Andrew Sullivan provides some details about the role that anti-gay trends played in this election:
I’ve been trying to think of what to say about what appears to be the enormous success the Republicans had in using gay couples’ rights to gain critical votes in key states. In eight more states now, gay couples have no relationship rights at all. Their legal ability to visit a spouse in hospital, to pass on property, to have legal protections for their children has been gutted. If you are a gay couple living in Alabama, you know one thing: your family has no standing under the law; and it can and will be violated by strangers. I’m not surprised by this. When you put a tiny and despised minority up for a popular vote, the minority usually loses. But it is deeply, deeply dispiriting nonetheless. A lot of gay people are devastated this morning, and terrified. We have seen, and not for the first time, how using fear of a minority can be so effective a tool in building a political movement. The single most important issue for Republican voters, according to exit polls, was not the war on terror or Iraq or the economy. It was “moral values.” Karl Rove understood the American psyche better than I did. By demonizing gay couples, the Republicans were able to bring in whole swathes of new anti-gay believers into their party. With new senators Jim DeMint and Tom Coburn, two of the most anti-gay politicians in America, we can only brace ourselves for what is now coming.
You might think that Sullivan is overstating things a bit here. If you do, you probably live in a blue state. Ask a politician from the South how many votes he’d get if he came out in favor of equal rights for gays. Forget raising taxes. The new third rails of American politics are guns, god and gays. Don’t limit rights for first two and don’t give any for the last one.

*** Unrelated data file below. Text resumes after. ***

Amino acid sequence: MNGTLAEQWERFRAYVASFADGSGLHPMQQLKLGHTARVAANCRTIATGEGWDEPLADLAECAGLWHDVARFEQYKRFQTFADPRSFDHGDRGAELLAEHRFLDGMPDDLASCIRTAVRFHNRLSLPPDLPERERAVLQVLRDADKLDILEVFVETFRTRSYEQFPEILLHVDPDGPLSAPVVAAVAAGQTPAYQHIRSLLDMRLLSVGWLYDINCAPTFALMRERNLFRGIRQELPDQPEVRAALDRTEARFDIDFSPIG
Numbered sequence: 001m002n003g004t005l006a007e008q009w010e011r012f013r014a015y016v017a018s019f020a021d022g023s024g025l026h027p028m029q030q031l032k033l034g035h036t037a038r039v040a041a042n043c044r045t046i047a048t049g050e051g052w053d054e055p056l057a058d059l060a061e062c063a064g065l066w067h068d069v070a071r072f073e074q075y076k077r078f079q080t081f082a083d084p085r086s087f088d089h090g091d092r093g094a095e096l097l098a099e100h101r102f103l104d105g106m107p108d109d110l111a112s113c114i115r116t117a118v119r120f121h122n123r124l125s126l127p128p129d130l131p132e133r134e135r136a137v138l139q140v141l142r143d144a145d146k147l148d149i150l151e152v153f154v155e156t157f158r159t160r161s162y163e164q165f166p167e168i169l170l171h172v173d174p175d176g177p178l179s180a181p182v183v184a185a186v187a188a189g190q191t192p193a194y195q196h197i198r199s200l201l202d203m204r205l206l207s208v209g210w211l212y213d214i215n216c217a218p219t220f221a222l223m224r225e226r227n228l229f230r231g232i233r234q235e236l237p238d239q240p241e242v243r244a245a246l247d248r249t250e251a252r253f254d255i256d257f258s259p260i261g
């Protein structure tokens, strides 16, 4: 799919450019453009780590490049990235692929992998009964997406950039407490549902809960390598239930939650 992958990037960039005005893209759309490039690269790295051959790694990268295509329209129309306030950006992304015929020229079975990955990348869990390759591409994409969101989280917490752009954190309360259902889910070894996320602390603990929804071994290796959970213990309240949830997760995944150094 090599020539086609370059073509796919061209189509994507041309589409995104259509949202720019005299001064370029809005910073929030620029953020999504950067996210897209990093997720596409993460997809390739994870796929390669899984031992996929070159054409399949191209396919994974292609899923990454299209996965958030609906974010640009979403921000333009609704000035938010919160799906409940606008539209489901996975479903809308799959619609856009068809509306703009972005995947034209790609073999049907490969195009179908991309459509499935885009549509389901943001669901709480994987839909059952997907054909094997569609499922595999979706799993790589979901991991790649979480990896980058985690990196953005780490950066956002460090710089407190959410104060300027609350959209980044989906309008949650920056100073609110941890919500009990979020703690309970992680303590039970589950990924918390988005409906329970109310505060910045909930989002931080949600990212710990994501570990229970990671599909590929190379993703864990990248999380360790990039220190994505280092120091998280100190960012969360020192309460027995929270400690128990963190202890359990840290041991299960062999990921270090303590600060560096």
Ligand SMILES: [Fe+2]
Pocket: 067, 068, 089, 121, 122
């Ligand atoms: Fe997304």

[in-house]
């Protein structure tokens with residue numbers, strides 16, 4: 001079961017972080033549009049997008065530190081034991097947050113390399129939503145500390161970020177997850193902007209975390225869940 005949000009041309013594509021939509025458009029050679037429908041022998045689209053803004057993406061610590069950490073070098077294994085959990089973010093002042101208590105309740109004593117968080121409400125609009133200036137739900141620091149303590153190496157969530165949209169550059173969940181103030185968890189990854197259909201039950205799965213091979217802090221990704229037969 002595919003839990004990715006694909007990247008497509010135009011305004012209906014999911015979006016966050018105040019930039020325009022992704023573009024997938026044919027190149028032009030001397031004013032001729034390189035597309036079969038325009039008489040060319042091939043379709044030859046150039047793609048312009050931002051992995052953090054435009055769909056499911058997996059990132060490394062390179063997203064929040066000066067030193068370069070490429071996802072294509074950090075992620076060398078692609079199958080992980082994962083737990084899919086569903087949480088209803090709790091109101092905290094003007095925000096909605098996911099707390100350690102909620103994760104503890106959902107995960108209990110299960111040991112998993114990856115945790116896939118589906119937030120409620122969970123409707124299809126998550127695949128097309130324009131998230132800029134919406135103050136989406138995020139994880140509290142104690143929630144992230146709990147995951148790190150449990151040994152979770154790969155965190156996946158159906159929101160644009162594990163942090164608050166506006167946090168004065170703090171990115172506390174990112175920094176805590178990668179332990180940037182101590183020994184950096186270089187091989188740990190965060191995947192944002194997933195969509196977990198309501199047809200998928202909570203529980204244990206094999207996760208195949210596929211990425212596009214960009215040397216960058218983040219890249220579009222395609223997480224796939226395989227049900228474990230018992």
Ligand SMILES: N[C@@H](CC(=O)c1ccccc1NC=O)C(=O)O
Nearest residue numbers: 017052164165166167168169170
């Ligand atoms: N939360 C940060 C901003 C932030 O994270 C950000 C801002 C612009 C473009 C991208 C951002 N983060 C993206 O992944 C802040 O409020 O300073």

As I wrote back in October:
You may think this election is about Iraq, terrorism and taxes. But there are plenty of people who think this and all elections are really about guns, gays and god. And if you live on a coast, you probably have no idea just how fervently some folks feel about these other election issues. You may not even notice that they are slowly making progress.
Now you’ve noticed.
Remember the Mary Cheney moment? The right and their backers in the press pretended to be angry that John Kerry dared to speak the name of the Veep’s daughter. In reality, it gave them one more opportunity to express their disdain for Mary’s lifestyle.
This brings us back to the desperate need to re-frame the very notion of moral values.
See, when I think of moral values, I almost never find myself concerned with what happens when someone’s pants are down around their ankles. To me, morality has more to do with giving people equal rights. Anti-gay politicians and those who merely preach hate for political gain are immoral in my book. Terribly immoral. And yet they get the moral vote.
Dems need to decide whether they want to pander to this version of moral hate (if so, I want out) or fight for what morality really means. Here’s a start.
Hate is not moral. Call limiting the rights of certain Americans what you want to call it. But don’t call it moral.